I was wondering what precisely would happen to parts detached by objects in orbit. To specify:

Let a large object of mass $m$ is in a stable orbit around a planet with mass $M$ at a distance $r$ from the planet's center. A part of mass $m$ is detached from the mass. splitting the object into two parts $m_1$ and $m_2$, where $m_2<<m_1$. While detaching, mass $m_1$ applies a force $\vec F$ to $m_2$ within an infinitesimally small time. What can be said about the distance to the planet's center $r_2$ of mass $m_2$? Will mass $m_2$ reach a new stable orbit?

I would also like to know how the change in $r_2$ relate to the magnitude and direction of $\vec F$

  • $\begingroup$ Not clear. What is the significance of detached with a force $F$ within an infinitesimally small time? Are you saying that the two masses fly apart with high relative velocity? Or that the force is just enough to break the bonds holding them together? ... I presume that the initial orbit is circular, defined by a radius $r$. In specifying that the new orbits are defined by radii $r_1, r_2$ are you assuming that they are also circular? $\endgroup$ Jul 14, 2018 at 12:12
  • $\begingroup$ Possible duplicate of What happen to a spoon which is detached from the satellite? $\endgroup$ Jul 14, 2018 at 12:20
  • $\begingroup$ @sammygerbil The force described is a vector representing a force on mass $m_2$ by $m_1$ while seperating. By Newton's 3rd law this force is applied to both objects but because $m_1$ >> $m_2$ the effect on $m_1$ will be much smaller. Then, because of the infinitesimally small time it is like an impulse upon $m_2$. The radii $r_1$ and $r_2$ Are the distances for the masses $m_1$ and $m_2$ from the planet's center. They may be time dependent, but may also move to a new equilibrium. That is part of my question. The question you linked is indeed similar, but does not involve the force $F$ . $\endgroup$ Jul 14, 2018 at 14:03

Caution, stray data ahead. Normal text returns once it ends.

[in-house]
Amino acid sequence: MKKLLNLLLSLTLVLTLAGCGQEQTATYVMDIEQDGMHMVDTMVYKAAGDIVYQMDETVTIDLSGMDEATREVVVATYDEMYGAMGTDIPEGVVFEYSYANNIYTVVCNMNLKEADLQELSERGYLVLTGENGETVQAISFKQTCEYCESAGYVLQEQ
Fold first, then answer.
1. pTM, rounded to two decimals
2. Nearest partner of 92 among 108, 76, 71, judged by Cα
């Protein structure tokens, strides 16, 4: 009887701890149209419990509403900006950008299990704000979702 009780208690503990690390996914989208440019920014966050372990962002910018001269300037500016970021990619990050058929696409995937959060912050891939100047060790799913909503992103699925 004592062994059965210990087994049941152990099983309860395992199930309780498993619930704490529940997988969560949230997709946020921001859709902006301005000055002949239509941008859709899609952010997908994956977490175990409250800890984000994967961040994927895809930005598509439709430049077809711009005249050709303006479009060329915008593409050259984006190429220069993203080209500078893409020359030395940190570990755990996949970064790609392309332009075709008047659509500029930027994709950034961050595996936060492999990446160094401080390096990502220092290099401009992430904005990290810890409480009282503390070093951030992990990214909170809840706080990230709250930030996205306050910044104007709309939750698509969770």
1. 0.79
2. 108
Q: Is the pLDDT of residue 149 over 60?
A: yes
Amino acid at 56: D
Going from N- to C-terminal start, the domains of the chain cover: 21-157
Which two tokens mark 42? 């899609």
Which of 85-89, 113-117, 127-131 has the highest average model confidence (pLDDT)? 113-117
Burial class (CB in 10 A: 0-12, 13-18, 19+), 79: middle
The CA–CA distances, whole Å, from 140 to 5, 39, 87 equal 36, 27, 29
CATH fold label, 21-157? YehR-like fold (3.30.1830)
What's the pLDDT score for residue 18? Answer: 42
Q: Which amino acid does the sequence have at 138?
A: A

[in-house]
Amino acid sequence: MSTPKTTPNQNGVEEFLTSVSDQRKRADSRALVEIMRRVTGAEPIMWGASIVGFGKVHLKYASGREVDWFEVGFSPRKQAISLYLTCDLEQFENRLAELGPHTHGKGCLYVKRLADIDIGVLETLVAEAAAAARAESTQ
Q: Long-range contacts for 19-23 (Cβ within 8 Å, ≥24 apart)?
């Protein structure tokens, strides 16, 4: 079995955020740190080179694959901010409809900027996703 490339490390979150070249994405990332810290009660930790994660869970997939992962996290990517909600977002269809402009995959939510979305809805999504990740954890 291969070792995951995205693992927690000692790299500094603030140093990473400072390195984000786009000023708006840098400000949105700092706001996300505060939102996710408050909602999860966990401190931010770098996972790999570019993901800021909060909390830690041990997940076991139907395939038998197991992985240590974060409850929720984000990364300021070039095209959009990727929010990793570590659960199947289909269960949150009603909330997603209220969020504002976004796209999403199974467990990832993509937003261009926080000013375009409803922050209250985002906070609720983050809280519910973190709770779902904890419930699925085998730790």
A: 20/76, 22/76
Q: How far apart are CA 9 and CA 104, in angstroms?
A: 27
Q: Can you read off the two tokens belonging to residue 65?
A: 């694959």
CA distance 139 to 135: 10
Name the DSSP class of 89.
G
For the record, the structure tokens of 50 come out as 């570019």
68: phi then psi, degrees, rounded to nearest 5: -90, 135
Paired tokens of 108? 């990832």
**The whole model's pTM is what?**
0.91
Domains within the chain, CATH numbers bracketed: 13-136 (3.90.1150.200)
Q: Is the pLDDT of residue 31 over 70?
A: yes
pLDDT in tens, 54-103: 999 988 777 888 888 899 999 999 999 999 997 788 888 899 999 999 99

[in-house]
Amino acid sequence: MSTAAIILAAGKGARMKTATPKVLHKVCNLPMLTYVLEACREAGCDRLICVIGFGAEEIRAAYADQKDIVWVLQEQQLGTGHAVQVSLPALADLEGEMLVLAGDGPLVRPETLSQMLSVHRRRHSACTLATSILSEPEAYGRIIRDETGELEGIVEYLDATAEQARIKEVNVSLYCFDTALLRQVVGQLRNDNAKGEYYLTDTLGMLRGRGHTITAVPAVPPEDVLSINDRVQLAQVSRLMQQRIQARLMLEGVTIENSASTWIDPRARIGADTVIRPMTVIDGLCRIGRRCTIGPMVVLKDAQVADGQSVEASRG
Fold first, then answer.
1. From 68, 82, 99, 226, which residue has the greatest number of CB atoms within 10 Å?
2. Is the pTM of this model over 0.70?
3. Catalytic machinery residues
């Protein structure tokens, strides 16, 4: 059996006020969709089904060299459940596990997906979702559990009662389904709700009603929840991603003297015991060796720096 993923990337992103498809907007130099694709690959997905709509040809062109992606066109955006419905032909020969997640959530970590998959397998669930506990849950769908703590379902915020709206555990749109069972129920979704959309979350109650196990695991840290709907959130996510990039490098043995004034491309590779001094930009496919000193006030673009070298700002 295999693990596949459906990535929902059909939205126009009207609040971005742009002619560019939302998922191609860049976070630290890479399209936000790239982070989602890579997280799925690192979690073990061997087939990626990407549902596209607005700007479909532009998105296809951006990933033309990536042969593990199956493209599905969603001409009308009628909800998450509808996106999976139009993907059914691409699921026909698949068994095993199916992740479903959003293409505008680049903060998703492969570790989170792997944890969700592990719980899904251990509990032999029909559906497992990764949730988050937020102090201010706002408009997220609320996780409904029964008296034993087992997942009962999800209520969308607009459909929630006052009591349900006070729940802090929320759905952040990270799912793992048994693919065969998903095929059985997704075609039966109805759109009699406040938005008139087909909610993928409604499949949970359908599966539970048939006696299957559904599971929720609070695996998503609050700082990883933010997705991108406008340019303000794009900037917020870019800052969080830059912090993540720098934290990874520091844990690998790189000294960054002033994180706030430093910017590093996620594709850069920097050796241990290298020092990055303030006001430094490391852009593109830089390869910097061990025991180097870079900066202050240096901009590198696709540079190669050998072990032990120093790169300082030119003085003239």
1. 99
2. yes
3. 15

• $\begingroup$ @sammygerbil Feel free to correct me if my reasoning is flawed anywhere ) $\endgroup$ Jul 14, 2018 at 14:03
  • $\begingroup$ @sammygerbil I have changed my question accordingly $\endgroup$ Jul 14, 2018 at 14:09

1 Answer 1


I think you are expecting that the two fragments will fly apart. (If they only become detached so that they are no longer bound together then they will travel together along the original orbit, as in the question What happen to a spoon which is detached from the satellite?

Gravitational bound orbits are generally elliptical. The two fragments will follow separate elliptical orbits with the planet at one focus. The velocities of the fragments (magnitude $v$ and direction angle $\alpha$) can be determined from conservation of momentum and the impulse between them. This is the easy part of the calculation, using familiar collision dynamics.

The new orbits of the fragments can be calculated from their velocities ($v, \alpha$) and radius $r$ at the point of separation. From ($r, v, \alpha)$ you can calculate the orbital parameters eccentricity $e$, semi-major axis $a$ and its inclination angle $\theta$ with a reference axis. However, the calculation of ($e, a, \theta$) from ($r, v, \alpha$) is not an easy task. For details see answers to Projectile/orbital motion over very long distance which is the same problem except that the launch point is at the surface of the planet.

  • $\begingroup$ I was about to ask you if one could derive the initial velocity and radius at the point of seperation, but then I saw that you had updated your answer. Thank you for the response, this is exactly what I was looking for $\endgroup$ Jul 15, 2018 at 17:56

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